If you want to change any vehicle
control settings, select CHG
SETTING, then press the SEL/
RESET button.

Under METER SETUP page:
METER COLOR CHANGE - Turn the ambient meter feature on or off.
 

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So I've been driving the new car for about a week now, and I've noticed that on the freeway it's sometimes tough for me to keep the speedometer 'in the green' while maintaining 60mph+. I don't think my drive is particularly "up hill" or anything, and it doesn't seem to matter whether I'm using cruise control or not. Is it just a factor of the cold winter winds or is there something else I can do to 'stay green'?
I noticed the same thing when I first took it out on the highway. The cold, wind, drafting (to reduce wind effect), terrain, speed steadyness, and cruising speed are all driving style factors.

First thing I'd do though is check tire pressures (when tire is cold ..first thing in the morning before driving the car) and then re-check'um every month. The manual recommends 33 psi all around. At 35.5 psi all around I noticed a boundry between a soft and a firm ride especially over bumps. I'm currently at 38 psi and more tolorant of a firm ride. Many who get top mpg are at 40. Some go all the way to the tire design maximum of 44.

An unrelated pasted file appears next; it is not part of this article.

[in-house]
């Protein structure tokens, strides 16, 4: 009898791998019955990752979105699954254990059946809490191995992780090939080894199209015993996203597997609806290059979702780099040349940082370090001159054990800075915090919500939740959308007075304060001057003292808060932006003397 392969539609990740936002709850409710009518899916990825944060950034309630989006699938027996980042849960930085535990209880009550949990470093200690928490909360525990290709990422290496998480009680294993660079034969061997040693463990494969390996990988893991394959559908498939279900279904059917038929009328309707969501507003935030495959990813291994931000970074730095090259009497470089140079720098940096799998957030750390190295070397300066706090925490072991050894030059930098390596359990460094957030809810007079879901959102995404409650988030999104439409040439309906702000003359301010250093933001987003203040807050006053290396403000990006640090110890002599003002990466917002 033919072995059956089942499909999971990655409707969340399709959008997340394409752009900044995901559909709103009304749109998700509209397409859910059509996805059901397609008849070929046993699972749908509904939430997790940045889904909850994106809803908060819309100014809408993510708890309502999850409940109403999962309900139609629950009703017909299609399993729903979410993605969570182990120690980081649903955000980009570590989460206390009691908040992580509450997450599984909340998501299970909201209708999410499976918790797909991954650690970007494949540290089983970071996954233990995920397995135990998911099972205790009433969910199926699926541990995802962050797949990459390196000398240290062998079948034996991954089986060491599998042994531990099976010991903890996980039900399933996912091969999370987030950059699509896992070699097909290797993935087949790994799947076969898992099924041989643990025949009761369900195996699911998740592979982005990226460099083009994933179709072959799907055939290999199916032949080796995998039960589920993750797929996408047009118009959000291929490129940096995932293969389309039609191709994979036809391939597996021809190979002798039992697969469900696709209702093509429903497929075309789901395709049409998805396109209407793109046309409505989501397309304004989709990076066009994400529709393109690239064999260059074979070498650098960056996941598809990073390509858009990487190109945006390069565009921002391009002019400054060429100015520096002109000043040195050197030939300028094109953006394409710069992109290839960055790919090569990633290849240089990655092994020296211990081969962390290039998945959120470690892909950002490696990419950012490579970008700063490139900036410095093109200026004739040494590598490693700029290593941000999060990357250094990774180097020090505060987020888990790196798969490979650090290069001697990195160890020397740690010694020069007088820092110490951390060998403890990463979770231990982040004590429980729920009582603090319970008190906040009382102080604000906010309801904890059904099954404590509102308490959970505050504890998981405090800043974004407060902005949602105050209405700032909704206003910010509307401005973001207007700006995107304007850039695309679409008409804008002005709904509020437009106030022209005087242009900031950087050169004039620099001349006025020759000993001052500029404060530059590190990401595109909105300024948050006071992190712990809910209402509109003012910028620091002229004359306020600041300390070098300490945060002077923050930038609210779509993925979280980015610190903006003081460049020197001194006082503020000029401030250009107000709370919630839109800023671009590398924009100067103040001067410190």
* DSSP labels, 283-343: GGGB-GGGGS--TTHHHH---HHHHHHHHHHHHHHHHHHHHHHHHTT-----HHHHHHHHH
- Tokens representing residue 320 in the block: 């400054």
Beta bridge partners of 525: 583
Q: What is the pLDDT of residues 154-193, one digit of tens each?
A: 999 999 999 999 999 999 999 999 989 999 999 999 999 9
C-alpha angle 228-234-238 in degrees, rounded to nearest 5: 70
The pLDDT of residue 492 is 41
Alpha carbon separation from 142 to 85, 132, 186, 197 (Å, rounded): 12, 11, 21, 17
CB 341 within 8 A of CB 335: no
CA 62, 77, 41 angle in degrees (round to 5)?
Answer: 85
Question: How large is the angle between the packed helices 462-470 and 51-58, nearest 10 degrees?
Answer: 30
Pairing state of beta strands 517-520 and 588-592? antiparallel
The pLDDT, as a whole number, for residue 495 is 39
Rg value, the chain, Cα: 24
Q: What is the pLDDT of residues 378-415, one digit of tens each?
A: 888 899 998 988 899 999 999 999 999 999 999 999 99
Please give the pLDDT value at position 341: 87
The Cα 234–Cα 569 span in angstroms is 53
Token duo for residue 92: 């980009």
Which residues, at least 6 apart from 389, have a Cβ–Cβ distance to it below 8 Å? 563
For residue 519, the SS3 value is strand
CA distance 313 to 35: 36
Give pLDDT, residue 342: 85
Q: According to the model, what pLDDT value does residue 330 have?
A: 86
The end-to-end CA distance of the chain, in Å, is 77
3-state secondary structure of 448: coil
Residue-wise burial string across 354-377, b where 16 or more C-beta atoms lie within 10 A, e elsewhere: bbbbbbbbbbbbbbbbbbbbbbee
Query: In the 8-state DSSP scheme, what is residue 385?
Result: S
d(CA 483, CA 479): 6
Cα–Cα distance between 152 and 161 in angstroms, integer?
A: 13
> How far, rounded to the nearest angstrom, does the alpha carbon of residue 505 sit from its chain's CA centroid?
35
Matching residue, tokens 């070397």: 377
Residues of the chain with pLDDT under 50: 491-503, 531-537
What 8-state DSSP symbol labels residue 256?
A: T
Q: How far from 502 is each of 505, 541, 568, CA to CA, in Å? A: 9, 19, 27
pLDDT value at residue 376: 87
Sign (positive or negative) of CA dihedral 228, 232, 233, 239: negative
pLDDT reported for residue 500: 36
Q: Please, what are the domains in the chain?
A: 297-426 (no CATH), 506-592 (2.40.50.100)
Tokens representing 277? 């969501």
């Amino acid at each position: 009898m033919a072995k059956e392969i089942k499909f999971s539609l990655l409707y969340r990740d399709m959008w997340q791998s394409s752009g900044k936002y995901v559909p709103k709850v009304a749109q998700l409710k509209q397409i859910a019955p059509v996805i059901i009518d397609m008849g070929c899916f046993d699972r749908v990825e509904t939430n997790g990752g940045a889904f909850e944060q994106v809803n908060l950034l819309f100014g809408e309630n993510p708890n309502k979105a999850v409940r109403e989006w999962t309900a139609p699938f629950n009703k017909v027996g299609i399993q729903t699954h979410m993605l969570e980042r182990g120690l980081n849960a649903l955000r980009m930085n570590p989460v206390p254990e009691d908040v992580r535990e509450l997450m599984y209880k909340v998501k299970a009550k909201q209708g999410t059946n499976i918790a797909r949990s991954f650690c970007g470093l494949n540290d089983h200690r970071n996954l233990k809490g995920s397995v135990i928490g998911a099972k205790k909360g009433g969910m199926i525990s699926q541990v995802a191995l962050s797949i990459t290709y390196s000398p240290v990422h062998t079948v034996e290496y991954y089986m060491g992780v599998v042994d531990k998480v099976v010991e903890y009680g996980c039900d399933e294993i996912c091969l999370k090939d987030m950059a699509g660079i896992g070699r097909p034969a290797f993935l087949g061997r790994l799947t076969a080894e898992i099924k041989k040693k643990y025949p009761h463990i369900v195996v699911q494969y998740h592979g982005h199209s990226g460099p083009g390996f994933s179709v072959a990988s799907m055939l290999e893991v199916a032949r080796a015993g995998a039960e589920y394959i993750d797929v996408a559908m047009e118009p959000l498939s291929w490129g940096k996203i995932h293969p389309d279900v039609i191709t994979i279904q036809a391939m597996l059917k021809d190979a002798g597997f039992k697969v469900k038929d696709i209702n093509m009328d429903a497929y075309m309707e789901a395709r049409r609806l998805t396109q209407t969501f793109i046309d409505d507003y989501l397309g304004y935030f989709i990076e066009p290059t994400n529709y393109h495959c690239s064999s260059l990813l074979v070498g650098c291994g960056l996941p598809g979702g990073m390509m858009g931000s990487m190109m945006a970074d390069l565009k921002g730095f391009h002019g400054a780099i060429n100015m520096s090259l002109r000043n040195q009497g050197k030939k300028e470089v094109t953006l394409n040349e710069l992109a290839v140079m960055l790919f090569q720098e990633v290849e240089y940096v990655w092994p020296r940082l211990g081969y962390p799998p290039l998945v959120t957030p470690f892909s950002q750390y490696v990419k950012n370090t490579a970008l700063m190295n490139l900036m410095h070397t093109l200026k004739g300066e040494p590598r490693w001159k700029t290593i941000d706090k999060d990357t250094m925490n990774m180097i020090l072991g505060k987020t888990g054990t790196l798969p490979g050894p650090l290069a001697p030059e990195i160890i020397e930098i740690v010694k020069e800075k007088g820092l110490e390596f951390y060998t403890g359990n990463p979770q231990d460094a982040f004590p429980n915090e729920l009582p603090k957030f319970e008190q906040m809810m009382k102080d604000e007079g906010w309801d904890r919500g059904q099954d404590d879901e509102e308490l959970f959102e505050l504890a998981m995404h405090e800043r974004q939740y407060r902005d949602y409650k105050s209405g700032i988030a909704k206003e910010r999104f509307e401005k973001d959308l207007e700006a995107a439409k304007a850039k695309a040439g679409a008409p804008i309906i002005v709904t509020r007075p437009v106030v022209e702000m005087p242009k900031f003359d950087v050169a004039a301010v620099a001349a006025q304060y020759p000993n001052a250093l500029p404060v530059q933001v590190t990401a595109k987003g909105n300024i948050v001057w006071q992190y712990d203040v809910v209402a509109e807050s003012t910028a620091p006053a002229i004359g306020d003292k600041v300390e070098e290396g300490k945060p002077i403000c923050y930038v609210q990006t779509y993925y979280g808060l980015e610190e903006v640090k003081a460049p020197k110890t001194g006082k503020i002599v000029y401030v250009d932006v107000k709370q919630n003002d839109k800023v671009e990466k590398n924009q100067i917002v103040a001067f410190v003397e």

I'm up to 7.2k on my I2, and have experience with my wife's '06 I1. I've found that the mpg improvement over EPA testing is about half attributed to driving style, and about half to tire pressure.
 

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When you are on the highway sometimes there is nothing you can do.
If you are in the green and you see a small incline coming up.. if you try to stay at 55mph for example.. you cannot stay in the green up that small incline/hill unless you lift up off the gas.. therefore you will lose speed.
You will either have to speed up first before the hill and then loese speed up it.. or just go blue until you reach the top of the hill.. Once you are at the top of the hill.. you can slowly gain speed back down the incline without much push on the gas and then you can get your mpg back to normal